The dough had doubled by now, so I turned it out onto the now-oiled work surface and pressed down on it gently with my (not naturally) oily hands. Then I cut it in half. I divided one of the halves again, formed them both into balls, and stored them each in a Ziploc bag in the refrigerator, where they'll keep for up to three days (though we already used one last night to make a second smaller pizza).

I formed the remaining dough into a "ball" (picture way, way above), covered it with a towel, and let it rest for twenty minutes. This was perfect time for the butter to set, the cilantro and tomatoes to be chopped, and the Parmesan to be freshly grated.

(Here I was going to rant about how Parmesan is just not a pretty cheese, but I'm certain I am barely holding on to your patience.)

The set-dough had a really nice texture to it--a little drier but still very elastic--and it was easy to push out into a thin flat circle. Andy kept calling for it to be thinner--Italian-style--and the crust and I conformed as much as we could.

For the toppings, we spread the herb butter over the pie using the back of a spoon. Next came the diced chicken, then I dotted clumps of ricotta all over, followed by the tomatoes and then the chopped cilantro. Over all this, Andy sprinkled a few handfuls of Parmesan cheese.

With all this, we still had plenty of toppings left for the second, smaller pizza we made. All we had to do was remake the base.

The original pizza.
At this point, we realized we did not have parchment paper on which to rest the pizza atop the stone. The stone's not a necessity for your own pizza-making, of course, but the ceramic base does help distribute the heat, and I highly recommend it. Normal baking sheets will suffice, though, I'm pretty sure. (Here is where I point out that Google knows much, much more than I do.)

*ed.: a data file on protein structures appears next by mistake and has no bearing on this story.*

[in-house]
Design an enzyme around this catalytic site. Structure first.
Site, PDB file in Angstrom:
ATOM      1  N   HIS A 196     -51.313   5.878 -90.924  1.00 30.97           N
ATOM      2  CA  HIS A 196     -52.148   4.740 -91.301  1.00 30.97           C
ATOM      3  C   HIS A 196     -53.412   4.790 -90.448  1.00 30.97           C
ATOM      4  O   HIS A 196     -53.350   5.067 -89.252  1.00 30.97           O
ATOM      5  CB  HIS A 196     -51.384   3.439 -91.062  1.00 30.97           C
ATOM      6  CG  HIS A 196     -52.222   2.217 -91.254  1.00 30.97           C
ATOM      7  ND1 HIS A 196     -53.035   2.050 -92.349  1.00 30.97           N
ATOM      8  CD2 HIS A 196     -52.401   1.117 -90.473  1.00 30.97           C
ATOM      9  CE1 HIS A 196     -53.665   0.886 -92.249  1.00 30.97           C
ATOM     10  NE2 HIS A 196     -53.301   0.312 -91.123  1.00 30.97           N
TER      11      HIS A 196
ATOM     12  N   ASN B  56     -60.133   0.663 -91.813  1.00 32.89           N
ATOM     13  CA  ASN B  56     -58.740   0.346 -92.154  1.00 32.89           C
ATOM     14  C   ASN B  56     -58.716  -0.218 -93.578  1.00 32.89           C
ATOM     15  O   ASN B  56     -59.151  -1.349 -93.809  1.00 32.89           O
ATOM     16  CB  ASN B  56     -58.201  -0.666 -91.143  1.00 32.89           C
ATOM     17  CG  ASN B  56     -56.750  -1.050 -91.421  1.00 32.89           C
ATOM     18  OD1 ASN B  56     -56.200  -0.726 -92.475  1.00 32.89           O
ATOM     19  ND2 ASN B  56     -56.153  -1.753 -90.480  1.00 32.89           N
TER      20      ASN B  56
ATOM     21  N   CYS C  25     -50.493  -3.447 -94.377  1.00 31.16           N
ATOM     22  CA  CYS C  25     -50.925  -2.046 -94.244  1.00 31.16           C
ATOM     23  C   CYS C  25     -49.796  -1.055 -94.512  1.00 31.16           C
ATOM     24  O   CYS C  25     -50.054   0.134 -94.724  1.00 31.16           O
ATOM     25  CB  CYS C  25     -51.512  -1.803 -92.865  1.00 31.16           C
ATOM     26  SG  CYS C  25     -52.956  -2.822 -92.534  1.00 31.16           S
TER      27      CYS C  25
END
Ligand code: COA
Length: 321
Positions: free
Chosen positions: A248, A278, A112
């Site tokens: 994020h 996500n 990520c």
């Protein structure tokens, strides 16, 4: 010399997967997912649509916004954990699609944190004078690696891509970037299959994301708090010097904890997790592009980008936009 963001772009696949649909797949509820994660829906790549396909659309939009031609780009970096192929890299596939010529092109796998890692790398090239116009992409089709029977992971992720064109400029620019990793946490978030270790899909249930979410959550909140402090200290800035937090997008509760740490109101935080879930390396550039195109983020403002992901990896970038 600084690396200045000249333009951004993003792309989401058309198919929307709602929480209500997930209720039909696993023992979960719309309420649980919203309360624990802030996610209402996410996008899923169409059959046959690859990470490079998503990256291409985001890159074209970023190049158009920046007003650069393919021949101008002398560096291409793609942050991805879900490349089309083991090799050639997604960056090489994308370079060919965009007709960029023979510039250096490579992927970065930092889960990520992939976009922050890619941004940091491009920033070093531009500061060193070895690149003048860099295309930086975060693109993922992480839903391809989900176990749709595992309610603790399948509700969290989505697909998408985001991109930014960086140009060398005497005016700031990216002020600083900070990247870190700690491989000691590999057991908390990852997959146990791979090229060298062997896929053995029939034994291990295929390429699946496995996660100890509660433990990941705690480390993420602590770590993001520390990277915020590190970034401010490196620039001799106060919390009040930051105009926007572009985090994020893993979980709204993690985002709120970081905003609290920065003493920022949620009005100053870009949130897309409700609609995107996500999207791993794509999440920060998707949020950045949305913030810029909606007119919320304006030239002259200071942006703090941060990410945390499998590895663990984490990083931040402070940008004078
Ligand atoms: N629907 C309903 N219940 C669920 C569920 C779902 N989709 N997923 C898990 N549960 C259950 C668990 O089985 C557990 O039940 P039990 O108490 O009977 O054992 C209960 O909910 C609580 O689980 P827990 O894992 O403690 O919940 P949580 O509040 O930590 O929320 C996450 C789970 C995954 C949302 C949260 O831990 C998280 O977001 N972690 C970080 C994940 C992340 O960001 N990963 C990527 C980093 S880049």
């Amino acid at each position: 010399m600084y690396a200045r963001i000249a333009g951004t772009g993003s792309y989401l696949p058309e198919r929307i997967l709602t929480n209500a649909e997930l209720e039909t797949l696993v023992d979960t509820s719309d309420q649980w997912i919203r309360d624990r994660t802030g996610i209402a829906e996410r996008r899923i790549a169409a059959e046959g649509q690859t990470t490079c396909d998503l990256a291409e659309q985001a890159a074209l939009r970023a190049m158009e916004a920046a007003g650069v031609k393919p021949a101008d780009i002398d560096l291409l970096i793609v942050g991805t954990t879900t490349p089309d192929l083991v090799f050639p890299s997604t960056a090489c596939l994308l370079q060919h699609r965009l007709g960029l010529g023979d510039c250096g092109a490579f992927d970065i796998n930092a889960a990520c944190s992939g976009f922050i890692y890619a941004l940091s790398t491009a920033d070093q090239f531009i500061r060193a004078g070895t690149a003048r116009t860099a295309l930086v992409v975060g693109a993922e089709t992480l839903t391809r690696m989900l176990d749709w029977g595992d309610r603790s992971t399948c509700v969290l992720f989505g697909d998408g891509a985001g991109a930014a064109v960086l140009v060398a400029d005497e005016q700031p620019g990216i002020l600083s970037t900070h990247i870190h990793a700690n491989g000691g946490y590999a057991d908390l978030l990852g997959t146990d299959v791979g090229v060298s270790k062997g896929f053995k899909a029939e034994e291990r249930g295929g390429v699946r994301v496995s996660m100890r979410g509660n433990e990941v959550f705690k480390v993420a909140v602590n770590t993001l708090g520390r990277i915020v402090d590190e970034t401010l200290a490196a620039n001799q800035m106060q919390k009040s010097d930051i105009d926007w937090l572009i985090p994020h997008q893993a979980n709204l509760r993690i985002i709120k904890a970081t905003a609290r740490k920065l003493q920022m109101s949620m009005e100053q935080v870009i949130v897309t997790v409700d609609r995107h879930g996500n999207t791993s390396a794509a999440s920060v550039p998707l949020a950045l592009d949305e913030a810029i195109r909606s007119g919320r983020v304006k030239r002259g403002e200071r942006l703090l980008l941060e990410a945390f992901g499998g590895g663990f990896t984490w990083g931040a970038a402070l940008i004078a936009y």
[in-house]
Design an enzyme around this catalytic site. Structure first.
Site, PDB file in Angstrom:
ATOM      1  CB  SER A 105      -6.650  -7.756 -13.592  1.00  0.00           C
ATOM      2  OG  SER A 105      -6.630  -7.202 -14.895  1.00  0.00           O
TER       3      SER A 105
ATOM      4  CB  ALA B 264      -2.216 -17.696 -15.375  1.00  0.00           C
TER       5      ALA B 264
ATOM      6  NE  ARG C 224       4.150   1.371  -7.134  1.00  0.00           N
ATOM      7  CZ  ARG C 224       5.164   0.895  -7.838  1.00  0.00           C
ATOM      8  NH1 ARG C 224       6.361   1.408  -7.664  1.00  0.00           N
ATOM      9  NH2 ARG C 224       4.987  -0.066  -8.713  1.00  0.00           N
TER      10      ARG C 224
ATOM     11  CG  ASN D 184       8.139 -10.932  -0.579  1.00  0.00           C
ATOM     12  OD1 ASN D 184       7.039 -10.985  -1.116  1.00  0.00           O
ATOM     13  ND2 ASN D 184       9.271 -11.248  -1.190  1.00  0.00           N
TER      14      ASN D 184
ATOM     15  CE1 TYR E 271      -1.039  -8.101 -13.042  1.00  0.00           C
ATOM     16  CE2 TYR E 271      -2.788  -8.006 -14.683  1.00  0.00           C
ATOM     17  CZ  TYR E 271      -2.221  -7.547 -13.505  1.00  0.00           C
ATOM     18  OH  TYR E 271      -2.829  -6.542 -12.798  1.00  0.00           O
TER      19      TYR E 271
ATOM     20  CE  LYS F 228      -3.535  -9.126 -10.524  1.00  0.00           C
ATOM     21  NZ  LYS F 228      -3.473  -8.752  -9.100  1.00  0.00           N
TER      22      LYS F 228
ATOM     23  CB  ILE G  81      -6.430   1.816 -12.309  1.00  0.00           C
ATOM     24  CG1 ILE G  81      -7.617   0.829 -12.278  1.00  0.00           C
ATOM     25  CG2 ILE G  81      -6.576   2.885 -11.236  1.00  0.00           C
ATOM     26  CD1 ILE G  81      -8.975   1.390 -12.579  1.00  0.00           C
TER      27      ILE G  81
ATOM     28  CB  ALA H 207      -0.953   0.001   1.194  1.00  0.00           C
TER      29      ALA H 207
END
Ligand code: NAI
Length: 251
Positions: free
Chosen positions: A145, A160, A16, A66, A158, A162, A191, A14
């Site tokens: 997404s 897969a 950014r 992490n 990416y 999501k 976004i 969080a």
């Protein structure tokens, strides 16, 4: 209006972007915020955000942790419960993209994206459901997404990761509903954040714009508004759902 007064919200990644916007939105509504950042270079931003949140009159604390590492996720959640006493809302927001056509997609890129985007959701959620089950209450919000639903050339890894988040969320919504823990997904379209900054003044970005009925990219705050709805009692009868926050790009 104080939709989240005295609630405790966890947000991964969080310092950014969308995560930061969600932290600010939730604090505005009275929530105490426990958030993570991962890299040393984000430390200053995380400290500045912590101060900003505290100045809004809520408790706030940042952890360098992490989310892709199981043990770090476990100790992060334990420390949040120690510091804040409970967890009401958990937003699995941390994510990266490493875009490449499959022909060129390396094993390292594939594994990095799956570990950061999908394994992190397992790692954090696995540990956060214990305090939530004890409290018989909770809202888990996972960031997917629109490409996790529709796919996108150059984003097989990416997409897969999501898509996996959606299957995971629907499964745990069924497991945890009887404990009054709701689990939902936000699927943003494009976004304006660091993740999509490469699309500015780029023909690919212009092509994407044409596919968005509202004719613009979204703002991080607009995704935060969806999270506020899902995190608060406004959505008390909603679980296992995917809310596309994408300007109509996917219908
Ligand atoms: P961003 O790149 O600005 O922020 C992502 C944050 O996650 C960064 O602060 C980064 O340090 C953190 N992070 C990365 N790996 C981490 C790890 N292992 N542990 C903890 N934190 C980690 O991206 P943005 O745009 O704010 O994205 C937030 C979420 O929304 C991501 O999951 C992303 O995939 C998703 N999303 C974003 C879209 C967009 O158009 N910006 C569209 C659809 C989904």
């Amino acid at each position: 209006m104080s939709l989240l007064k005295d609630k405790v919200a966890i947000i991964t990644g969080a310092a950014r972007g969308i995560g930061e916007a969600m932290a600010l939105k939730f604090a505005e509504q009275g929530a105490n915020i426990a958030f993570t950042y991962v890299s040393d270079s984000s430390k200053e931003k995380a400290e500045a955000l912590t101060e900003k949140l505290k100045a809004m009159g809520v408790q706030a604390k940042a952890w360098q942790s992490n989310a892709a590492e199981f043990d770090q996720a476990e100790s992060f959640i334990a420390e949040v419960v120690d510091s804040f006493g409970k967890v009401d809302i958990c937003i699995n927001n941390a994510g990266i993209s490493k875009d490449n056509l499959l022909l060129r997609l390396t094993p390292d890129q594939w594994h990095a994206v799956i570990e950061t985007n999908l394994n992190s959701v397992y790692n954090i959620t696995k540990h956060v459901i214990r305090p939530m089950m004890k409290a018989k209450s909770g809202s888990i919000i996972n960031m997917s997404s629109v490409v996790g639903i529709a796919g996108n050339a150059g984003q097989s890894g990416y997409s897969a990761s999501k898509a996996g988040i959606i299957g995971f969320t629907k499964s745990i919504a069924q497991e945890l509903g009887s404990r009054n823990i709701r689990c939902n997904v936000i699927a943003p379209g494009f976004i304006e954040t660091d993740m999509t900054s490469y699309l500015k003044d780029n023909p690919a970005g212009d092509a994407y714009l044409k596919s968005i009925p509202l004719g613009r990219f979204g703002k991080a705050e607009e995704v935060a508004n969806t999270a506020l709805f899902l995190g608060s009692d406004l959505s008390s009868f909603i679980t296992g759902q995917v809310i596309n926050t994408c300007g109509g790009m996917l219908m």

We awkwardly relocated the dough from the work surface onto a sheet of foil. The second time through, we made sure to do this before adding the toppings. Learn from your mistakes.

The dough recipe called for the pizza to cook for 8 minutes, but ours was in there for about eleven and the crust was perfectly crispy without burning at all.

The crust was ohhh, soooo yummmmy too. I'm usually not one for finishing the crusts on things, but I could not get enough. Flavored crusts are definitely the way to go.

So there you have it! Choose your crust flavors and toppings and bake away.

Whole Wheat Rosemary Pizza Dough (via Pinch My Salt)
1 1/2 C. warm water
2 T. extra virgin olive oil
1 t. brown sugar
1 C. whole wheat flour
1 package active dry yeast or 2 t. instant yeast
3 C. all-purpose flour plus extra for kneading
1 1/2 t. salt
1 sprig fresh rosemary, leaves removed and chopped

Chicken Garlic Pizza (via

  • 1 skinless, boneless chicken breast half
  • 2 tablespoons butter or margarine, softened
  • 2 cloves garlic, minced
  • 2 tablespoons chopped green onion
  • 1/2 teaspoon dried basil
  • 1 (10 ounce) can refrigerated pizza crust dough
  • 2 roma (plum) tomatoes, diced
  • 1/2 cup chopped fresh cilantro
  • 1/2 cup ricotta cheese
  • 1/4 cup grated Parmesan cheese
  • cumin
  • oregano
  • garlic powder
  • paprika
  • ground black pepper


  1. That looks so good! And I like reading about your cooking adventures. But mostly, I just want to reach through the screen and grab that pizza.

  2. Lucie, I love your blog! And everything looks delicious. I am getting hungry now!

  3. Thank you so much! That's so wonderful to hear. I hope I can help out over Thanksgiving!